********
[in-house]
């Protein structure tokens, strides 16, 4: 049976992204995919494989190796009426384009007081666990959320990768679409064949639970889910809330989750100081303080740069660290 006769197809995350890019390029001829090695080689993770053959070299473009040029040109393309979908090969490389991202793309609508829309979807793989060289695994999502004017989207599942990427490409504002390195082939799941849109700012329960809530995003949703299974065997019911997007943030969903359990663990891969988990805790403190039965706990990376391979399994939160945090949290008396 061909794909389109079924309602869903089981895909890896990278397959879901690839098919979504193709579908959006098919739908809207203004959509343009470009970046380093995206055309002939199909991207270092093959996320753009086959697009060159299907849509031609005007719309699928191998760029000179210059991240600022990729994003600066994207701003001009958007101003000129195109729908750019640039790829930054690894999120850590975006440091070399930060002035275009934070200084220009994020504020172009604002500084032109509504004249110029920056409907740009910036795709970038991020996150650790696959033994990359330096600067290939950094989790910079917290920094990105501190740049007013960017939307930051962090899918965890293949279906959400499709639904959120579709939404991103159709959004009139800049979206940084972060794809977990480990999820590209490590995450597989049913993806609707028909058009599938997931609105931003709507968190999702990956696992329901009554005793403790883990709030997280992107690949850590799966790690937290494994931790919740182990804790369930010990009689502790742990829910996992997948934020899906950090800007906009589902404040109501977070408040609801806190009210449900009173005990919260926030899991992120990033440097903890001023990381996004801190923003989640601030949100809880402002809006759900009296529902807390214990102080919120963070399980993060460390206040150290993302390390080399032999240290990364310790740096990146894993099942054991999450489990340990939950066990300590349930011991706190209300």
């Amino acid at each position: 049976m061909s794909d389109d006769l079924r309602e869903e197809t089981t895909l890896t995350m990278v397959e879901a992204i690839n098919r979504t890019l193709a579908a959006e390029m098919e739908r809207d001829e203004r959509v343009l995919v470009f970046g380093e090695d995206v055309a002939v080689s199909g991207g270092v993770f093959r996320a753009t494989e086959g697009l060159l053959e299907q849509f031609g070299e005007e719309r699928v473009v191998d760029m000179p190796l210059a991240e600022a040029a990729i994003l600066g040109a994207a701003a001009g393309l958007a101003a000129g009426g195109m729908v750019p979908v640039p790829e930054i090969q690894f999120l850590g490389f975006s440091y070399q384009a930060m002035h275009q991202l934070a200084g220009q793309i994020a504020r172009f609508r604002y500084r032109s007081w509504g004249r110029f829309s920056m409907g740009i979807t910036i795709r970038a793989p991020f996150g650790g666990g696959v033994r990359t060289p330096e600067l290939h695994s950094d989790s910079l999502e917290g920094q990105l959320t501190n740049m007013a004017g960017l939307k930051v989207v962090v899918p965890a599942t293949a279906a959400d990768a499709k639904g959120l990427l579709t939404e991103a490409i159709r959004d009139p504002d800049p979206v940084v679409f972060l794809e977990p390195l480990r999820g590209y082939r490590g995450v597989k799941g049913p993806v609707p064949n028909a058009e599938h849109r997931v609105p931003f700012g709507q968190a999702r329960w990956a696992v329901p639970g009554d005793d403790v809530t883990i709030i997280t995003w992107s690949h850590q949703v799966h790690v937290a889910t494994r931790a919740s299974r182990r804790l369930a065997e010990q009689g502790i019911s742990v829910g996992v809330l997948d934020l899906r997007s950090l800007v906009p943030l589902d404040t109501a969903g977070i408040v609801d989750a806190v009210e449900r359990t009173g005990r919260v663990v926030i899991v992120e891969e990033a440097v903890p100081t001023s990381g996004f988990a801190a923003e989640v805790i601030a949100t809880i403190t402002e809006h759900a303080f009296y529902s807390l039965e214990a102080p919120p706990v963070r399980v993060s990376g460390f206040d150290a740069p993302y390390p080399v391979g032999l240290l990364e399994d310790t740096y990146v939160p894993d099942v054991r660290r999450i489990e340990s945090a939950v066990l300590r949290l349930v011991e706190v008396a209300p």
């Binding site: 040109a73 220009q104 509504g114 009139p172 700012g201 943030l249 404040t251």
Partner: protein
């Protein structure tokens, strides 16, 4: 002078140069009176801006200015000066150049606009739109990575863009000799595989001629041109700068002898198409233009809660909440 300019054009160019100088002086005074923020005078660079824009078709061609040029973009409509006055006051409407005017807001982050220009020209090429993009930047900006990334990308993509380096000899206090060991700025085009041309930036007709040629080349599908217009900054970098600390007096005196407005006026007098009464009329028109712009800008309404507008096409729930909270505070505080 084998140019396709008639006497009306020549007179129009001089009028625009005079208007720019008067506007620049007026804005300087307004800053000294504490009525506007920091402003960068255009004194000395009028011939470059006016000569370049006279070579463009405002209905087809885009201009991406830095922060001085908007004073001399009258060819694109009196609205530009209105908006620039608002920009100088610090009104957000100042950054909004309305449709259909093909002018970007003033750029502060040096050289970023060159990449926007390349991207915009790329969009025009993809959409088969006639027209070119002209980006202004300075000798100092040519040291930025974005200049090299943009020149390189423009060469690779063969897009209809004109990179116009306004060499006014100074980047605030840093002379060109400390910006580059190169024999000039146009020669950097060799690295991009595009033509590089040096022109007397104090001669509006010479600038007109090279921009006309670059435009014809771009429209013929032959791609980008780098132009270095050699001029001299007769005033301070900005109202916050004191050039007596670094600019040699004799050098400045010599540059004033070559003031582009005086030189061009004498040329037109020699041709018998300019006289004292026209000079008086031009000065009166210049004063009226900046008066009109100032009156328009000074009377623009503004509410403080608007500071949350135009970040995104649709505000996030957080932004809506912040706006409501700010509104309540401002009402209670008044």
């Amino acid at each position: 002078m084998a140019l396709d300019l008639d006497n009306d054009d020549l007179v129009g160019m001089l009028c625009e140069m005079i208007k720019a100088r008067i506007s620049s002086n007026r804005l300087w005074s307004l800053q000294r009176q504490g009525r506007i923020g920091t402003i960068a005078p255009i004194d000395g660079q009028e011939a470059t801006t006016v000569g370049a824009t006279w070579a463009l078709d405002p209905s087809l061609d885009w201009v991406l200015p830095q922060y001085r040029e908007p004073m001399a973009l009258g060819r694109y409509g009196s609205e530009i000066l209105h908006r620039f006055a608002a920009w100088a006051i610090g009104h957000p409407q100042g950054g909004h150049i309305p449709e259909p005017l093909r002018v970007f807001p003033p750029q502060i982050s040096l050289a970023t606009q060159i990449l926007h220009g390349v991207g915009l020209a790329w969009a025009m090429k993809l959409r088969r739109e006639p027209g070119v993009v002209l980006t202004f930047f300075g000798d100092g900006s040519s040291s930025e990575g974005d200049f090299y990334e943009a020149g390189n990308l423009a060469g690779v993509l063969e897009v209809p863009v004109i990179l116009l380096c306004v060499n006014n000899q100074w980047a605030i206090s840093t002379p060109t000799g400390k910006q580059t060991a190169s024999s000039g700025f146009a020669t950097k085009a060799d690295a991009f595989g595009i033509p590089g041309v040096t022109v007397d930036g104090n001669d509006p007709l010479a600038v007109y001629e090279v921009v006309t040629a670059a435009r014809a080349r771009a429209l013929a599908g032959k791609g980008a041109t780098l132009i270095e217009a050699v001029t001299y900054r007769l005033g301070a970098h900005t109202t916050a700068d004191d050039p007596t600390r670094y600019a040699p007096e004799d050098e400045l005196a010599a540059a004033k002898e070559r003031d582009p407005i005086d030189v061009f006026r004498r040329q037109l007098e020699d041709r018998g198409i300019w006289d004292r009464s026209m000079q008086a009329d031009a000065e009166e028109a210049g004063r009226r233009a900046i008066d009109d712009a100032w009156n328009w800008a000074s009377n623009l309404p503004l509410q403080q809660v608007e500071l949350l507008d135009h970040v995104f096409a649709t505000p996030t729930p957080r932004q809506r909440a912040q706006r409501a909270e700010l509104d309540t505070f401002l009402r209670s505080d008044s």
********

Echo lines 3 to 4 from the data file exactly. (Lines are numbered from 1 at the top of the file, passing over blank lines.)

């Amino acid at each position: 049976m061909s794909d389109d006769l079924r309602e869903e197809t089981t895909l890896t995350m990278v397959e879901a992204i690839n098919r979504t890019l193709a579908a959006e390029m098919e739908r809207d001829e203004r959509v343009l995919v470009f970046g380093e090695d995206v055309a002939v080689s199909g991207g270092v993770f093959r996320a753009t494989e086959g697009l060159l053959e299907q849509f031609g070299e005007e719309r699928v473009v191998d760029m000179p190796l210059a991240e600022a040029a990729i994003l600066g040109a994207a701003a001009g393309l958007a101003a000129g009426g195109m729908v750019p979908v640039p790829e930054i090969q690894f999120l850590g490389f975006s440091y070399q384009a930060m002035h275009q991202l934070a200084g220009q793309i994020a504020r172009f609508r604002y500084r032109s007081w509504g004249r110029f829309s920056m409907g740009i979807t910036i795709r970038a793989p991020f996150g650790g666990g696959v033994r990359t060289p330096e600067l290939h695994s950094d989790s910079l999502e917290g920094q990105l959320t501190n740049m007013a004017g960017l939307k930051v989207v962090v899918p965890a599942t293949a279906a959400d990768a499709k639904g959120l990427l579709t939404e991103a490409i159709r959004d009139p504002d800049p979206v940084v679409f972060l794809e977990p390195l480990r999820g590209y082939r490590g995450v597989k799941g049913p993806v609707p064949n028909a058009e599938h849109r997931v609105p931003f700012g709507q968190a999702r329960w990956a696992v329901p639970g009554d005793d403790v809530t883990i709030i997280t995003w992107s690949h850590q949703v799966h790690v937290a889910t494994r931790a919740s299974r182990r804790l369930a065997e010990q009689g502790i019911s742990v829910g996992v809330l997948d934020l899906r997007s950090l800007v906009p943030l589902d404040t109501a969903g977070i408040v609801d989750a806190v009210e449900r359990t009173g005990r919260v663990v926030i899991v992120e891969e990033a440097v903890p100081t001023s990381g996004f988990a801190a923003e989640v805790i601030a949100t809880i403190t402002e809006h759900a303080f009296y529902s807390l039965e214990a102080p919120p706990v963070r399980v993060s990376g460390f206040d150290a740069p993302y390390p080399v391979g032999l240290l990364e399994d310790t740096y990146v939160p894993d099942v054991r660290r999450i489990e340990s945090a939950v066990l300590r949290l349930v011991e706190v008396a209300p």
């Binding site: 040109a73 220009q104 509504g114 009139p172 700012g201 943030l249 404040t251």